Thursday, August 2, 2012

Collapse of Empires: Old World Europe Danube Valley Culture

The term "Empire" here is honored somewhat in the breach.  We have so little information on some of the societies we have been discussing that we have no way of knowing if they had any imperial aspirations..

The main point of these exercises is to demonstrate how many lost cultures there are out there beyond the usual Rome, Mayan, Easter Island, et cetera that you seem to be endlessly discussed.   Just as if you took all people from all time, the typical person is already dead, the same can be said for civilizations.  The typical civilization is dead.  And not only are they dead, but in some cases we have a hard time even figuring out that they ever existed, in spite of their often large size, and extended period on the earth.

Today's group was around for about 1,500 years, in an area today that would span multiple countries.  We have no idea what they called themselves. 

The Old World Europe Danube Valley Culture was an early, relatively sophisticated agricultural culture that thrived before the foundation of the first cities in Mesopotamia and Egypt.  Its timeline roughly coincides with what is known as the copper age, or Chalcolithic period. Chalco is derived from the Greek word for copper, and lithic which generally refers a cultural phase with an emphasis on tool use.

The Danube Thinkers - over 3,500 years before Rodin's Dante (Thinker)

In the area of Southeast Europe (Bulgaria, Rumania, Moldova, and portions of the Ukraine, they thrived from the fifth century and first half of the 4th millennia (5,000-3,500 BCE).  Note that Ötzi the Iceman is actually closer to our time (~3,300 B.C) than these folks.  Ötzi was found with a cooper axe in his possesion, although he was from an adjacent area, likely related to the Mondsee folk,  not ours.

Map showing Old Europe.  The Cucuteni were a particular group featured in a museum tour (NYT)

They are known for their female “goddess” figurines.
Clay fire female Cucuteni figure (from NYT)
In addition to there being thoughtful, as noted above, they may also have had the earliest writing system:

Vinca aphabet -runes (from here)

There collapse was relatively sudden.  Around 4300-4100BC, over 600 of their settlements were burned and abandoned.  However, as obvious from the dates, that did not outright end their culture.  The exact cause of their decline is unknown.  At least some of the problem appears to have been the arrival of Indo-European horsemen on the adjoining steppes.  Although these would not have been the mounted horse archers that came latter, the strategic mobility of mounted footmen (hobelars) can be difficult for sedentary folks to handle.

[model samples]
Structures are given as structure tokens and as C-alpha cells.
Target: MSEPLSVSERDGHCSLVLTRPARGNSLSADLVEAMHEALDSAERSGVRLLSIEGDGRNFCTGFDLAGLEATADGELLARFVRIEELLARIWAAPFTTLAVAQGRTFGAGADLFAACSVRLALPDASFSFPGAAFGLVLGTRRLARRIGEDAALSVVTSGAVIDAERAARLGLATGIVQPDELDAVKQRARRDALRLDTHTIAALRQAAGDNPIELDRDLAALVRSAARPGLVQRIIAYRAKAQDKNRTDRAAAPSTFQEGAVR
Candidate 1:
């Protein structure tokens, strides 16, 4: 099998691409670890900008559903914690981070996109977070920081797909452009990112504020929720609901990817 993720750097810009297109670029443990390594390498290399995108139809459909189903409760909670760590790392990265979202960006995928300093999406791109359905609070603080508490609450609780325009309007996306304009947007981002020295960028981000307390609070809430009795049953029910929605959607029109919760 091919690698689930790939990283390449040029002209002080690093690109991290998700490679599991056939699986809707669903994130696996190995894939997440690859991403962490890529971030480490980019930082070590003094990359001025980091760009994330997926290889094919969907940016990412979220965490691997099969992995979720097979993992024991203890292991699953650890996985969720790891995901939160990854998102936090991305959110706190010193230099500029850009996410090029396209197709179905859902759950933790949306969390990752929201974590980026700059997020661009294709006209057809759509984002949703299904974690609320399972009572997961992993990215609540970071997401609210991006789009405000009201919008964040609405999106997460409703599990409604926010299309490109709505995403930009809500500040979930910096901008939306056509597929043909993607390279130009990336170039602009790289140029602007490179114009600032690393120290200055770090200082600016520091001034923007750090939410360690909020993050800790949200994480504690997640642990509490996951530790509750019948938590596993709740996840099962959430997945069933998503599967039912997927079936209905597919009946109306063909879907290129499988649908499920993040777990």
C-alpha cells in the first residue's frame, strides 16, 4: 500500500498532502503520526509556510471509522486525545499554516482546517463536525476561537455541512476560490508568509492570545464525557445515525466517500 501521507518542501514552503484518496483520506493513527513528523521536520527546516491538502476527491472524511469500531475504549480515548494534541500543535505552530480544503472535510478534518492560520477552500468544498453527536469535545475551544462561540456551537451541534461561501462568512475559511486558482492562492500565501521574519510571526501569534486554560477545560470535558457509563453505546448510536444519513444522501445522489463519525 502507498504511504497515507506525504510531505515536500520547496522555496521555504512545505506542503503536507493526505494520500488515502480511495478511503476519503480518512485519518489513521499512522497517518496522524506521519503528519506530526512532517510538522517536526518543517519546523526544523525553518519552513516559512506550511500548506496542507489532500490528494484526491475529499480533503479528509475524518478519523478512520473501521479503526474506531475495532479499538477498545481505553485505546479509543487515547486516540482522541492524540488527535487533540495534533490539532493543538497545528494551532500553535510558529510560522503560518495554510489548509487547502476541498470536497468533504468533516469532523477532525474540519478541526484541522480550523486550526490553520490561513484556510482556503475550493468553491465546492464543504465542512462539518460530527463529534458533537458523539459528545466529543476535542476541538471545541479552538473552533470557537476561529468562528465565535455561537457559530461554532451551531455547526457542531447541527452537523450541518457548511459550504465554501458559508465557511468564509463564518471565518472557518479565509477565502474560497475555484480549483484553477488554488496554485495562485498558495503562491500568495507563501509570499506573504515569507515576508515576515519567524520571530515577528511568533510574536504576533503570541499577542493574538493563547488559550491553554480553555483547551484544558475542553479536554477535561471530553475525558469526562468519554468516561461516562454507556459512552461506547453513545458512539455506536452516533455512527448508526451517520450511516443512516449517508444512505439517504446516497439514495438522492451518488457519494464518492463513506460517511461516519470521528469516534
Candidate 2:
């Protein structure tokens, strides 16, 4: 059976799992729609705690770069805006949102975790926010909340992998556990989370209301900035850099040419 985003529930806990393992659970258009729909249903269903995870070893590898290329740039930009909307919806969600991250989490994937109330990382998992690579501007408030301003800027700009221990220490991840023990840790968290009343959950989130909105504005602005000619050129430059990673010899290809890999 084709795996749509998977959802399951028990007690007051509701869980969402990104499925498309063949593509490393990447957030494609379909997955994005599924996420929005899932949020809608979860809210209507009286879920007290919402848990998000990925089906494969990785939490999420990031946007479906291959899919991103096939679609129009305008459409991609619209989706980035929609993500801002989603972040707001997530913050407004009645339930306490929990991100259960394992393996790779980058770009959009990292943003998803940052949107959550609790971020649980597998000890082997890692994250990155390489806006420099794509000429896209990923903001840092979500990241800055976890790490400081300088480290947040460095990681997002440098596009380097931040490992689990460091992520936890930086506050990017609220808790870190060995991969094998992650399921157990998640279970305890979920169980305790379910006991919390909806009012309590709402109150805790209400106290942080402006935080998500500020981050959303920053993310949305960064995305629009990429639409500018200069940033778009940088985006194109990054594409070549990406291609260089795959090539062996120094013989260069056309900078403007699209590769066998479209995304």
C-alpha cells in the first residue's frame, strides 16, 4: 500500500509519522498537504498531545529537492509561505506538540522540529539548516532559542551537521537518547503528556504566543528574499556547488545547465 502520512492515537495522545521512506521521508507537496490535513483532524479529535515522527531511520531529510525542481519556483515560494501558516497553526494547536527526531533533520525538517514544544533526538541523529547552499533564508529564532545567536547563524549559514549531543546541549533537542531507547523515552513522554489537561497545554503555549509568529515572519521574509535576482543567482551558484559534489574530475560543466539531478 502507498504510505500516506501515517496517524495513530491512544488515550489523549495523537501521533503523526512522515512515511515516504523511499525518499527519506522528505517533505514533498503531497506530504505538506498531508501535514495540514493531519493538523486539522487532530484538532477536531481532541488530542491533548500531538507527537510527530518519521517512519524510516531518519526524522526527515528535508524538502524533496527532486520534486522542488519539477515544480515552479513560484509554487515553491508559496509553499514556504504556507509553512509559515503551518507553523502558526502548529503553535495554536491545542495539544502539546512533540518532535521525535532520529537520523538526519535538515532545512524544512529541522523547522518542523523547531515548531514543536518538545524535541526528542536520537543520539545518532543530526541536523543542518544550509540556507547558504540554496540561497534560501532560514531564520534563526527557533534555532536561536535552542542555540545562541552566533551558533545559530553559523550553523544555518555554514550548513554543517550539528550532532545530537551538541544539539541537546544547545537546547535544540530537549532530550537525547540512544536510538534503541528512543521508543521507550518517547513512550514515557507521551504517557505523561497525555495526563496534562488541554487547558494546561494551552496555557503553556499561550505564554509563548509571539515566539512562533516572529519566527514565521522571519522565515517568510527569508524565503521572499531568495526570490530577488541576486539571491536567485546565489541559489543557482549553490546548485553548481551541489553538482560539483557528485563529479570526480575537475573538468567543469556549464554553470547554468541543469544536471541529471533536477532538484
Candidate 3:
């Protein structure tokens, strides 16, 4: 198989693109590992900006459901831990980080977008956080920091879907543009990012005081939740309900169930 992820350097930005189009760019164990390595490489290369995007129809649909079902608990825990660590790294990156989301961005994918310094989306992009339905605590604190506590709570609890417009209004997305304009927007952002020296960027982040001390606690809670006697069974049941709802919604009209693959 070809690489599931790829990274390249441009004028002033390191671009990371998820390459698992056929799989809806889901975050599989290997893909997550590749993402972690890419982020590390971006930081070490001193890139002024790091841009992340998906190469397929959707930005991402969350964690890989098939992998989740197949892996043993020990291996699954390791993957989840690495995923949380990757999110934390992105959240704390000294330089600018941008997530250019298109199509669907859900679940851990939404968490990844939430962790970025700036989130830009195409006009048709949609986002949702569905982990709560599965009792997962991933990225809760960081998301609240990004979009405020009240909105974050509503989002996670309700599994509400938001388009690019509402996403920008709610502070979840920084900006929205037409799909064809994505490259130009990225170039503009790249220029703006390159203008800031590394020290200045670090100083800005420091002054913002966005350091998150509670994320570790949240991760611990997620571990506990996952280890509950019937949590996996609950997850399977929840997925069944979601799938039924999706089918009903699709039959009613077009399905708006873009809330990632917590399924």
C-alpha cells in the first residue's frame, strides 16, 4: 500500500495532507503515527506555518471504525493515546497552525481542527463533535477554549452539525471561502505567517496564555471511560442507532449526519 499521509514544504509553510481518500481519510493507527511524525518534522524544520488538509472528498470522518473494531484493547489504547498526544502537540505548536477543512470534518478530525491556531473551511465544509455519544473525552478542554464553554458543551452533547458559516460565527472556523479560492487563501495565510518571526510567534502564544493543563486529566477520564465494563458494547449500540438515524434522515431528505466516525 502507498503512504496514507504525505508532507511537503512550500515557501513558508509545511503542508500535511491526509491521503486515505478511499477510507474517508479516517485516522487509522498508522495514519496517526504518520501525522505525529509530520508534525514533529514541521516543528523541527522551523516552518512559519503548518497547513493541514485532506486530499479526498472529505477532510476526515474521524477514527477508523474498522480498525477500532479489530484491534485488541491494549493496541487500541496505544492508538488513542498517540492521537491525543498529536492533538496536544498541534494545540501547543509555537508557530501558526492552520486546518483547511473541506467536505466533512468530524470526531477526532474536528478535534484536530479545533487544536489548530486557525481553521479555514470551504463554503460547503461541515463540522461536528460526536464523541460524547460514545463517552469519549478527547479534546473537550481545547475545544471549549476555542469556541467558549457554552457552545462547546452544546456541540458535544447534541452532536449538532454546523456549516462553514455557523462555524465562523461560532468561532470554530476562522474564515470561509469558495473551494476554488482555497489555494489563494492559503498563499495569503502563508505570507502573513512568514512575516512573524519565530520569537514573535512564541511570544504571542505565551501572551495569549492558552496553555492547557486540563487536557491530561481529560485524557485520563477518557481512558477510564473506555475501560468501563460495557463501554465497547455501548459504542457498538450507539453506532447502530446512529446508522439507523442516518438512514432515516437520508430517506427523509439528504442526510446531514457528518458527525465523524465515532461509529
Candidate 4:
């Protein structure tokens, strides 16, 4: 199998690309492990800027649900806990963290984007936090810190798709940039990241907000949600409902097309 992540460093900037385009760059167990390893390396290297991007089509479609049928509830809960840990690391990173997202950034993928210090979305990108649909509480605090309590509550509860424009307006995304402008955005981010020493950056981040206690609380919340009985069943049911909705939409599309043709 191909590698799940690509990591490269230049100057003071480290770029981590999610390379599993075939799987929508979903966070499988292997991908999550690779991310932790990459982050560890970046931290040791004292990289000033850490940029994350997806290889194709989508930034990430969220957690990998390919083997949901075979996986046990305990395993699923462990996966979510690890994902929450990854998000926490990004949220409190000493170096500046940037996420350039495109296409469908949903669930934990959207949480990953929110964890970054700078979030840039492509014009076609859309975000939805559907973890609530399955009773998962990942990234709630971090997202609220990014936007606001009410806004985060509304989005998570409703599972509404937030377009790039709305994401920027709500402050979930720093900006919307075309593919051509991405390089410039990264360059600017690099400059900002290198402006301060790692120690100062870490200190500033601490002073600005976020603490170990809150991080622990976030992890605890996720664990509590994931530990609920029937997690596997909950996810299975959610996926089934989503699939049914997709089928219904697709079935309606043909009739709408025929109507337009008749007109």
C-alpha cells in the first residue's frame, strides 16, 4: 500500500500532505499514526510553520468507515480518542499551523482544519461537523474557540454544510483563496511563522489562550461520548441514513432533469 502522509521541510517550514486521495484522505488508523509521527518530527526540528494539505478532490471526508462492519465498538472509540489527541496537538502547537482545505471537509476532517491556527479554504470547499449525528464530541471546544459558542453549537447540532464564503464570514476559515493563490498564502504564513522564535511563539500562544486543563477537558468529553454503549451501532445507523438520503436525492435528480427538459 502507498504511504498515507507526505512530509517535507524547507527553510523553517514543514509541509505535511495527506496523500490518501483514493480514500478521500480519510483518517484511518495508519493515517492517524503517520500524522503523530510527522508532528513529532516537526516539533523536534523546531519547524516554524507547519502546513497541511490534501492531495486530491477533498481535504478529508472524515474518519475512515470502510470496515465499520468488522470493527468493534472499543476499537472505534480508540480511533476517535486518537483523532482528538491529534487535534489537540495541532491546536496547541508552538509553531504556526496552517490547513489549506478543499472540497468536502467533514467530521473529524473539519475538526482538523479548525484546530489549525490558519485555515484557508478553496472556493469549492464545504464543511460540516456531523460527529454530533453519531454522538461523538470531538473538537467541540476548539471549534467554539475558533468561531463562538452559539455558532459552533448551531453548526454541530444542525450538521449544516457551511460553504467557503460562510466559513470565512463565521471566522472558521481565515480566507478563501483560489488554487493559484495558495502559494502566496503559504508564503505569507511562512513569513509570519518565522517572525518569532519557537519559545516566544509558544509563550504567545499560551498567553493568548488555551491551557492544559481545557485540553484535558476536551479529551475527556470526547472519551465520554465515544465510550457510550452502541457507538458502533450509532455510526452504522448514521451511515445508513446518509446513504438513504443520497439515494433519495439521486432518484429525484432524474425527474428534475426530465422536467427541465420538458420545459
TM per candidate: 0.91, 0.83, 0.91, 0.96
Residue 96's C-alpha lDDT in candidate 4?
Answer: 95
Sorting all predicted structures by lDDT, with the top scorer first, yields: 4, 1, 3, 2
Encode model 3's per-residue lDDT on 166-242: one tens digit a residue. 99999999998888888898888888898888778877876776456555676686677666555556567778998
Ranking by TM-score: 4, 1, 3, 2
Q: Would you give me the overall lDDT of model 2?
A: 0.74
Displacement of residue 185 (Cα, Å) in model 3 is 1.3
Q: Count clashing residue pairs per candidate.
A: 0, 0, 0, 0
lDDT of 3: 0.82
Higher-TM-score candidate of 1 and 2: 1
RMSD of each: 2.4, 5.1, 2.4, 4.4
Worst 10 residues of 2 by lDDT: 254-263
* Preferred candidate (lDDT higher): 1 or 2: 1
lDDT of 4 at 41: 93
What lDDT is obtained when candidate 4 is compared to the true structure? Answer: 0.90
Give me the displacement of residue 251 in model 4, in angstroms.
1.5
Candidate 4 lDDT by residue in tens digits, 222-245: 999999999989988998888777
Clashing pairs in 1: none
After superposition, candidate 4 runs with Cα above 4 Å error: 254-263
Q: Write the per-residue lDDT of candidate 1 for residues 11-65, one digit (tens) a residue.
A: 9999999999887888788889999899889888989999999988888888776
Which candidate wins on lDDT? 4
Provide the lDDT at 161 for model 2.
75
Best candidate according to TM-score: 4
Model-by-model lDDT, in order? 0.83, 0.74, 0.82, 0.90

However, based on pollen analysis, a number of cultures throughout the West were undergoing stress, starting around 3800BCE.  A theory, with some data to back it up, notes that pollen counts show an increased deforestation of the landscape.  With this deforestation, there was likely higher population counts, and decreased soil productivity.  Shifts in climate would have had a more devastating impact.  Some researchers refer to the 3,800 BCE to 3,200BCE, as the first recorded Dark Ages.  A dark age that may have effected as great of an area as the much better known one that started around 1,200 BCE.

Sing C. Chew, Rowman & Littlefield, Lanham MD, 2007
From an empirical analysis of the trend lines of arboreal pollen, table .32 presents forty arboreal pollen profiles of deforestation and reforestation starting from as early as 3854 B.C. These profiles cover four geographic regions of the world: western Europe, central and eastern Europe including Russia [our Old World Danube folk] , northern Europe, and the Mediterranean.  With the exception of Byelorussia (Dolgoe), Hungary  (Lake Balaton), Latvia (Lake Rudushskoe), an Russia (Chabada Lake) pollen profiles, all C calibrated.
If we examine table 3.2, despite the fact that historians and archaeologists specialising in the Ancient World did not identify a Dark Age period in the fourth millennium B.C., it seems that twenty-nine pollen profiles indicate that there was a phase of deforestation during the fourth century millennium B.C. Not only do the pollen profiles exhibit  such a period of deforestation, they also reveal the widespread geographic coverage of the degradation of areas in Russia and the Ukraine through to Spain and Syria.  It should not be assumed that this was the first phase of deforestation in world history, as the available data are quite limiting. It might perhaps be the first phase of anthropegenically induced deforestation following the Neolithic Revolution.
This table is the summation table of Table 3.2 noted above.

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